The plan was to go from Eastbourne to Newhaven, via Beachy Head, a voyage of about 15 miles along the Sussex Coast.
I was to start one hour before Dover high tide and planned to take about five hours, passing Beachy Head at about slack water.
The sea state was calm and there was a very gentle wind from the Southeast, so it looked like a smooth voyage for PicoMicroYacht.
PicoMicroYacht was rigged at the Eastbourne Sovereign Sailing club and as I put the masts up I chatted briefly with Mick Harper, the club Vice President,.
Looking at the chart, I realised that there was an inside passage past Beachy Head, going inside a race, as indicated by the chart. But a local sailor advised not going too close past Beachy Head because of an underwater reef that juts out from there.
So I decided to take a wide berth and go approximately outside the race area. Nevertheless, on the way from Eastbourne I went quite close to the Hollywell Bank seen on this map in the centre.
I could see a stationary bow wave from a passing ship breaking on this bank about a hundred metres away from me. I sat there observing the phenomenon.
As I got opposite the Beachy Head lighthouse, I realised a ship had gone ahead using the inner passage. Further out the sea was choppy, as I rowed just outside the race area.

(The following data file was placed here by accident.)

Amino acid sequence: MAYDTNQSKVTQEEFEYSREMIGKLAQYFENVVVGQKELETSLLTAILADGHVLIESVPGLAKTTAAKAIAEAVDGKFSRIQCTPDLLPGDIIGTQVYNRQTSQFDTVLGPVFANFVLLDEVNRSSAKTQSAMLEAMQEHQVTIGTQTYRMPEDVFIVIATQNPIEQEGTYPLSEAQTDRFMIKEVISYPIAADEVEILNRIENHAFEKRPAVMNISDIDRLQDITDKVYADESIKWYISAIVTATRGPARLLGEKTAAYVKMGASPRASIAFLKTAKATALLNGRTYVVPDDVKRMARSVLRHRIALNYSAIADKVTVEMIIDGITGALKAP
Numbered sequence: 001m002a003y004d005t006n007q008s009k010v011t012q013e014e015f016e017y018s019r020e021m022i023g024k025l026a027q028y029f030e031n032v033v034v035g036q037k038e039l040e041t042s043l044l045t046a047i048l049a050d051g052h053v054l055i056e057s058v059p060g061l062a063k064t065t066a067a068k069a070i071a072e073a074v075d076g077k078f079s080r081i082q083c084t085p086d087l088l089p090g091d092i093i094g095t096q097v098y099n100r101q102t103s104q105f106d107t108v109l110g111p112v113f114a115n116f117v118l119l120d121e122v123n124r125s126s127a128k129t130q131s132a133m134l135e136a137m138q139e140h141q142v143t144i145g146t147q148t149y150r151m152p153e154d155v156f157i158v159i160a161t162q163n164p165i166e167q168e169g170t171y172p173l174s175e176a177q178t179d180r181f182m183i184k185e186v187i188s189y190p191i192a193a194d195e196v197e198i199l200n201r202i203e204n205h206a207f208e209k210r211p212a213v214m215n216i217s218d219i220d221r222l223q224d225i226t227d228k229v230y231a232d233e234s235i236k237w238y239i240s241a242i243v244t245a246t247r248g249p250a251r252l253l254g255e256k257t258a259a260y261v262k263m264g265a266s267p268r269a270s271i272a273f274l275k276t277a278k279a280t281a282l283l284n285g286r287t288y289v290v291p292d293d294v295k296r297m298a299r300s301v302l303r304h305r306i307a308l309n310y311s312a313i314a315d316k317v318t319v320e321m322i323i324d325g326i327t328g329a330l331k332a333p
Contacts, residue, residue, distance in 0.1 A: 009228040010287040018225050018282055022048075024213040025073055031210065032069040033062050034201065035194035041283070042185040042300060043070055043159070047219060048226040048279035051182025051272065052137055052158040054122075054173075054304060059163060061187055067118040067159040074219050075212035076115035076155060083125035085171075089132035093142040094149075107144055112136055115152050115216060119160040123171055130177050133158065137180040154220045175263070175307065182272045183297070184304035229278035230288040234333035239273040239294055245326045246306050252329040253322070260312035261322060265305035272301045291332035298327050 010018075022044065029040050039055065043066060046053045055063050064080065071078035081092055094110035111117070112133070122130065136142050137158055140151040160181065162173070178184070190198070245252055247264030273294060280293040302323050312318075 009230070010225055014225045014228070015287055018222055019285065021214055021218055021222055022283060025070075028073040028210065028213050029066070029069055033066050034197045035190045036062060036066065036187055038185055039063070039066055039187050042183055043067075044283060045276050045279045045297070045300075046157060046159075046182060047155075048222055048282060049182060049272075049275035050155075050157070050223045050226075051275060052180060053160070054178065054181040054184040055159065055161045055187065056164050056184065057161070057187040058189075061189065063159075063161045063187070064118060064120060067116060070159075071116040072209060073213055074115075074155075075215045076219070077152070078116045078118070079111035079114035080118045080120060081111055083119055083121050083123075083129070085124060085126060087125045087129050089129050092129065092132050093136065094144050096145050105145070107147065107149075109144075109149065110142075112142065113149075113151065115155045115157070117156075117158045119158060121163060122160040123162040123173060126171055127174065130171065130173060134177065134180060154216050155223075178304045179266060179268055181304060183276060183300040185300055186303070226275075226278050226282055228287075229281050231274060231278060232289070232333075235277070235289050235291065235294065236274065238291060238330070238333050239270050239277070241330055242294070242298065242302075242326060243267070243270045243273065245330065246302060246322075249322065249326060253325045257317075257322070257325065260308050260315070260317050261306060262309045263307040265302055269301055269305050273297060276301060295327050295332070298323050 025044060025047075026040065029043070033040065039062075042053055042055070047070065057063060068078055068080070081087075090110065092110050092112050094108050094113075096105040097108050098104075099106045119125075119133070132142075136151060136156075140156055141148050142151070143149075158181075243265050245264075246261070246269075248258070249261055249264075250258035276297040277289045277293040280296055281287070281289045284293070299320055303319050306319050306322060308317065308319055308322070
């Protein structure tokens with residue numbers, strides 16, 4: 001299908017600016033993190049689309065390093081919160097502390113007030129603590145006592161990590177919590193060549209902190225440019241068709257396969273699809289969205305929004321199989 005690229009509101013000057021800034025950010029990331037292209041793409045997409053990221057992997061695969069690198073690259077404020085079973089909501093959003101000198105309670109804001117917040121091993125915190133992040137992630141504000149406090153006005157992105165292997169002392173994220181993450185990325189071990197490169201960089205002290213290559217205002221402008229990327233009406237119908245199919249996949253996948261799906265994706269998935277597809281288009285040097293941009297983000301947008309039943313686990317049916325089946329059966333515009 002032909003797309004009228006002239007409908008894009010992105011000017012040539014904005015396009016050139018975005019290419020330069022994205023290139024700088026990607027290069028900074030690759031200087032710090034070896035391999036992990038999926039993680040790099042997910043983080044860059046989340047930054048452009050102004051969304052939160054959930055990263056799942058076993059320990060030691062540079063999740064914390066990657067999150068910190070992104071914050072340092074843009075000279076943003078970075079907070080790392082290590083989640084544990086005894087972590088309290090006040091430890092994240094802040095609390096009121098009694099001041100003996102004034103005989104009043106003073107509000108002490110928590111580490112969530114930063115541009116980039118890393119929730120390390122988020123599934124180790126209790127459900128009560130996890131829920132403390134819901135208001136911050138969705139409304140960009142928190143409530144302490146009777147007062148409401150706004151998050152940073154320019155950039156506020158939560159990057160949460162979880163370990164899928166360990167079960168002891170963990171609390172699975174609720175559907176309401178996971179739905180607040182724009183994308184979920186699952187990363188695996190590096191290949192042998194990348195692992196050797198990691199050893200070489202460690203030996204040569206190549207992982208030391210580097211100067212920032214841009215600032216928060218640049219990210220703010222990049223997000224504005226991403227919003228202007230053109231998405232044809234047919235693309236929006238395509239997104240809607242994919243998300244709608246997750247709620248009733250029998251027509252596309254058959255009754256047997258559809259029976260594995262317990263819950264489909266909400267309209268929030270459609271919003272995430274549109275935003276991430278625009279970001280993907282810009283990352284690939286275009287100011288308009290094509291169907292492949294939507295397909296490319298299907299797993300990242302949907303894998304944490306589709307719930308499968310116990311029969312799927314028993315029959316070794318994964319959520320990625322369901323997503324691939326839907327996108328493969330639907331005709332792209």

A military helicopter flew along the cliffs and just over the lighthouse. I wondered what exercise it was on.
Onwards, I saw the Seven Sisters, the set of cliffs between Beachy Head and the charming small cove, Cuckmere Haven, in the distance.
Soon I was approaching Newhaven and passing Seaford, with its Martello Tower, a defensive fort built between 1806 and 1810 to protect England from the Napoleonic French. The one rotating cannon was facing out to sea as it would have been all those years ago.
Newhaven is a working port and there were many ships moving around, including those ferrying worker to the new wind farm further down the coast, the cross channel ferry and the fishing boats.
There was a twist to this story. Two days later, a chemical toxic haze rolled in from the sea covering the area I had rowed through. It brought nausea, sore eyes and hospital treatment for about 150 people. I dread to think what it would have been like breathing in the fumes and trying to row..
It remains a mystery as to the cause, but I was so glad I was at the wrong place at the right time on this occasion.